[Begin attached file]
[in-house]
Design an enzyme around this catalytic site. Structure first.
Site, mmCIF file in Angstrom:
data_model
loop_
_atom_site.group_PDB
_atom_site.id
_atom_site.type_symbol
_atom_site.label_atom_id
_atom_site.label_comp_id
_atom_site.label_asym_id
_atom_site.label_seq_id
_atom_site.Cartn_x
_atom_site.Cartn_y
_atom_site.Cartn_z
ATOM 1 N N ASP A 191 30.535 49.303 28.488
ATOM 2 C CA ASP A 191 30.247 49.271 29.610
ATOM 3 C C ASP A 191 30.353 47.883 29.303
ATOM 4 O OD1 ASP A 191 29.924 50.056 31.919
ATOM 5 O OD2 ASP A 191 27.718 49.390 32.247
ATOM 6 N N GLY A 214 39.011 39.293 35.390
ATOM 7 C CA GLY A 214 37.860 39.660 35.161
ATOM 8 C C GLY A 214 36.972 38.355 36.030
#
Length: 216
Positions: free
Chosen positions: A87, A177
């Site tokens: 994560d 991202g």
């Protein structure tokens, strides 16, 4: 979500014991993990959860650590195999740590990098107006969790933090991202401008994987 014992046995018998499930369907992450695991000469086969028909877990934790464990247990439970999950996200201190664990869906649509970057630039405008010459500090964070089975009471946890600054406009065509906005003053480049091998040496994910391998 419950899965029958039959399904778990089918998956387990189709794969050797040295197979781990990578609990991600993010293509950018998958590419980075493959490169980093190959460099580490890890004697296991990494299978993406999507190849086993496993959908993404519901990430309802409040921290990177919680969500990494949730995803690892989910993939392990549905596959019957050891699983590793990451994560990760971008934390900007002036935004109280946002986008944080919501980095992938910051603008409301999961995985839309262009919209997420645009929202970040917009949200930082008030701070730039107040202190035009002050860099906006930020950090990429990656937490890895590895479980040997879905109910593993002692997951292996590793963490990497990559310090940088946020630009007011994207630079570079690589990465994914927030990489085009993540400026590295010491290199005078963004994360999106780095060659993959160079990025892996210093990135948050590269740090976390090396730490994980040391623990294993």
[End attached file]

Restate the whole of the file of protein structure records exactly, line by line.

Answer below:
[in-house]
Design an enzyme around this catalytic site. Structure first.
Site, mmCIF file in Angstrom:
data_model
loop_
_atom_site.group_PDB
_atom_site.id
_atom_site.type_symbol
_atom_site.label_atom_id
_atom_site.label_comp_id
_atom_site.label_asym_id
_atom_site.label_seq_id
_atom_site.Cartn_x
_atom_site.Cartn_y
_atom_site.Cartn_z
ATOM 1 N N ASP A 191 30.535 49.303 28.488
ATOM 2 C CA ASP A 191 30.247 49.271 29.610
ATOM 3 C C ASP A 191 30.353 47.883 29.303
ATOM 4 O OD1 ASP A 191 29.924 50.056 31.919
ATOM 5 O OD2 ASP A 191 27.718 49.390 32.247
ATOM 6 N N GLY A 214 39.011 39.293 35.390
ATOM 7 C CA GLY A 214 37.860 39.660 35.161
ATOM 8 C C GLY A 214 36.972 38.355 36.030
#
Length: 216
Positions: free
Chosen positions: A87, A177
């Site tokens: 994560d 991202g």
């Protein structure tokens, strides 16, 4: 979500014991993990959860650590195999740590990098107006969790933090991202401008994987 014992046995018998499930369907992450695991000469086969028909877990934790464990247990439970999950996200201190664990869906649509970057630039405008010459500090964070089975009471946890600054406009065509906005003053480049091998040496994910391998 419950899965029958039959399904778990089918998956387990189709794969050797040295197979781990990578609990991600993010293509950018998958590419980075493959490169980093190959460099580490890890004697296991990494299978993406999507190849086993496993959908993404519901990430309802409040921290990177919680969500990494949730995803690892989910993939392990549905596959019957050891699983590793990451994560990760971008934390900007002036935004109280946002986008944080919501980095992938910051603008409301999961995985839309262009919209997420645009929202970040917009949200930082008030701070730039107040202190035009002050860099906006930020950090990429990656937490890895590895479980040997879905109910593993002692997951292996590793963490990497990559310090940088946020630009007011994207630079570079690589990465994914927030990489085009993540400026590295010491290199005078963004994360999106780095060659993959160079990025892996210093990135948050590269740090976390090396730490994980040391623990294993």